Monday, April 11, 2011

Wild In The Country (1961, Philip Dunne)

If the dramatic pull of Elvis's role in Flaming Star was no match for the musical numbers in G.I. Blues, it's no wonder that his last dramatic role for nigh a decade in Wild In The Country paled in comparison to the success of Blue Hawaii.  If early Hollywood Elvis sought to be the next James Dean, Wild In The Country was his Rebel Without A Cause.  And also a fair bit like East of Eden, as Wild In The Country explores such similar territory as classism, loss of a mother, an incongruous generational gap, and a bit too much melodrama.

Elvis plays Glenn Tyler, a character not too dissimilar from King Creole's Danny Fisher.  Glenn comes from the wrong side of the tracks, lacks the proper schooling to get him where he'd like to be, lost his supportive mother earlier in his youth and lives under a deadbeat father who doesn't understand him.  After injuring his drunken brother in a brawl, his father wants him locked up, but the law has sympathy toward Glenn and allows him to live with his uncle, provided he begin psychological therapy with mother-figure Irene Sperry (Hope Lange).

The screenplay is brought to us by Clifford Odets, a playwright who is no stranger to heavy melodrama.  His own Clash By Night vents bile for a good length of its story (credit Fritz Lang for giving the screenplay legs), his guns-a-blazin' moral indictments The Big Knife and Sweet Smell of Success have their flair for the dramatic (broken homes and suicide, respectively) and he even wrote the screenplay for something called Humoresque, which I imagine is a misnomer.  So no surprise here when Glenn, a troubled youth, finds his true calling in-- wait for it-- creative writing!

On top of his tortured family history, a love triangle isn't enough for Glenn to deal with; it becomes something of a love rhomboid with trouble at each corner.  Millie Perkins plays Glenn's childhood sweetheart (and simply backwoods sounding) Betty Lee Parsons who, though sweet, represents something of a glass ceiling for Glenn: at best he would end up middle-America if he could survive the "Down In The Boondocks" curse Betty Lee's family won't let him forget.  Tugging the tether from the opposite side is Glenn's cousin, Noreen (Tuesday Weld), an equally troubled and world-weary teen mother.  Her father (Glenn's uncle) gives Glenn a job at his distillery.  Moonshine is a signature cliché that reminds us his prospects on this side of town would be even lower.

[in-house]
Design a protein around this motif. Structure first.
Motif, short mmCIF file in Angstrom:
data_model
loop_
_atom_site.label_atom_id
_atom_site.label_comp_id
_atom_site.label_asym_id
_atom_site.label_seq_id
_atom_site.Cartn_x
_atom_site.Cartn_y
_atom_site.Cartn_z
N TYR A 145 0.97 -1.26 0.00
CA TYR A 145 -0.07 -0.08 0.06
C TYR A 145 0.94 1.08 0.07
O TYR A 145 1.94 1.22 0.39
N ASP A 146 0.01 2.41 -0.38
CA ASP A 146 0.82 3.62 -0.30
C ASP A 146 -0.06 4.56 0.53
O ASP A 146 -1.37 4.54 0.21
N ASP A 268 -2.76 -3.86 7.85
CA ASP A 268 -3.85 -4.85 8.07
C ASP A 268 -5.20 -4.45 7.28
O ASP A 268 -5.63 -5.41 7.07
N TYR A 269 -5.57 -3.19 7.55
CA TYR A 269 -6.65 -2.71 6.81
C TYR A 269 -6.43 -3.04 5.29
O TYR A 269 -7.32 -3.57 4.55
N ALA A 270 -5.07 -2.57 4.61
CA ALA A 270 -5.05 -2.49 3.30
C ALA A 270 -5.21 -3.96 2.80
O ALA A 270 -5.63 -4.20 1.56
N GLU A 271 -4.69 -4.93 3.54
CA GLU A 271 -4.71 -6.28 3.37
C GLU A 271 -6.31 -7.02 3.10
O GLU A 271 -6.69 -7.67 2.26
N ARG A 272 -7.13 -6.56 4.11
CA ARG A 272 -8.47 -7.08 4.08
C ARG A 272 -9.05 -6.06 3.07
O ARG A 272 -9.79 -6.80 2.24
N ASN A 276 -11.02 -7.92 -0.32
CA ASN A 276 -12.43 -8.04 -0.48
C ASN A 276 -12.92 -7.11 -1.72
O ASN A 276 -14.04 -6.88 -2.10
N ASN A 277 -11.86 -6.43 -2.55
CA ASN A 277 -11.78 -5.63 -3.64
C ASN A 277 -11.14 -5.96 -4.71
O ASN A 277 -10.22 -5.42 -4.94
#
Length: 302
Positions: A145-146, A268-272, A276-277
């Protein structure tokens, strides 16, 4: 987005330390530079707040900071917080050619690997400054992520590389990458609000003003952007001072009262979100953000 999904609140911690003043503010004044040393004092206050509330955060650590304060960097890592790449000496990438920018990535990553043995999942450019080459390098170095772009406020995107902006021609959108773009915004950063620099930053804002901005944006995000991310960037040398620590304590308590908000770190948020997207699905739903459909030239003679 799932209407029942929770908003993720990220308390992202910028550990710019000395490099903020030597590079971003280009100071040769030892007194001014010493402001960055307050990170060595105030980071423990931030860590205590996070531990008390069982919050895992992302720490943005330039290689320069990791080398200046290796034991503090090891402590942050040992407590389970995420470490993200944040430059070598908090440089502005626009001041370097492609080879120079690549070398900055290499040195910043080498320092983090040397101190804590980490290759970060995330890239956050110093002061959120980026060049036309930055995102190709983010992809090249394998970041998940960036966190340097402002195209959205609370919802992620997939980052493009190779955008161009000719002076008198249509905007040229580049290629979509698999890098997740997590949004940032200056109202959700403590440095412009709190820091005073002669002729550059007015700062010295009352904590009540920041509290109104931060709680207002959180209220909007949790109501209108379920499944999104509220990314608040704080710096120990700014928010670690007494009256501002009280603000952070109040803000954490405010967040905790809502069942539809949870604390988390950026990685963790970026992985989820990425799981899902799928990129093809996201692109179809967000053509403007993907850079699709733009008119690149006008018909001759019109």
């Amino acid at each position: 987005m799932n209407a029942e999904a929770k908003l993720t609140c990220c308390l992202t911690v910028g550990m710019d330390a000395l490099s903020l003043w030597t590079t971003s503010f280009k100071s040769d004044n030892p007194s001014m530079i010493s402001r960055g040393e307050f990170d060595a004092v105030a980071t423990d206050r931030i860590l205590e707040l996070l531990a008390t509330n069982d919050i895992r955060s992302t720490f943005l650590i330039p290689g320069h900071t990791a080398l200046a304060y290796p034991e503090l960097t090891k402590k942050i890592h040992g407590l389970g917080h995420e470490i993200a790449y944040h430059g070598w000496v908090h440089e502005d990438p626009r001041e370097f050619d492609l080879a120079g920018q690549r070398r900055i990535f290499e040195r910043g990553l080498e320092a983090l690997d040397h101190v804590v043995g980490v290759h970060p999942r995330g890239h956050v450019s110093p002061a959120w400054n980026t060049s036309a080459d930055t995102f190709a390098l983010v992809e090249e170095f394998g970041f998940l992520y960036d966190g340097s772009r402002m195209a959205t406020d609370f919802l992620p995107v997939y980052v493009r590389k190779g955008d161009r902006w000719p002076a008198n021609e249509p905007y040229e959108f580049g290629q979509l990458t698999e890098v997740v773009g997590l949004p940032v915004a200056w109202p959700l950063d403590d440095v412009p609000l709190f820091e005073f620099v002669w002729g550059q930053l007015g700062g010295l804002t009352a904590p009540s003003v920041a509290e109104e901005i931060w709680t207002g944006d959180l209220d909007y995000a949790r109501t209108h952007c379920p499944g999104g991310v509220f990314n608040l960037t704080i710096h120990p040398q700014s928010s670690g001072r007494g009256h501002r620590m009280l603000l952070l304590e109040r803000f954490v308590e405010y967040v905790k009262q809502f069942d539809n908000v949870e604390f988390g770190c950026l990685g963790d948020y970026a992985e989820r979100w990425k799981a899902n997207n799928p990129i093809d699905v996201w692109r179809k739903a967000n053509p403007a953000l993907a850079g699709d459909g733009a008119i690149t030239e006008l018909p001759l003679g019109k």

Tellingly, Glenn falls in love, instead with the older, most supportive motherly character, counselor Irene Sperry.  Even more Oedipal than his work in Flaming Star, there is no question that the instances in which Presley is most affecting in Wild In The Country are due to the recent loss of his mother.  The drama gets out of hand-- an attempted suicide, a slander, a death and false accusation of an affair conclude in a scene that can only be settled in an over-wrought courtroom.

My problems with the screenplay aren't with the inflated melodrama-- the experienced cast makes it, usually, effective-- but with the thesaurusness and forced local color of the writing.  In a screenplay re-worked to be about creative writing, it is grating to hear dialogue like "she says that she'll have me any way: plain, fried or scrambled" and "I thought you were supposed to help me ma'am, not rile me up like a muddy creek: take my life and twist it into something you want" in Elvis's extended diatribes, music set to swell, reminding us that this talk is weighty.

But it is a film that survives despite the drama weighing it down.  Perhaps the end is naïvely optimistic in Glenn's taking of the "third route" to college, but there is something triumphant in his ascension of the steps as he reaches university, and something even more powerful in the longing in the eyes of the women he left behind.  Wild In The Country is a film whose success is in its performances, surviving the drama they needed to wade through, like a muddy creek. -- ***/four stars

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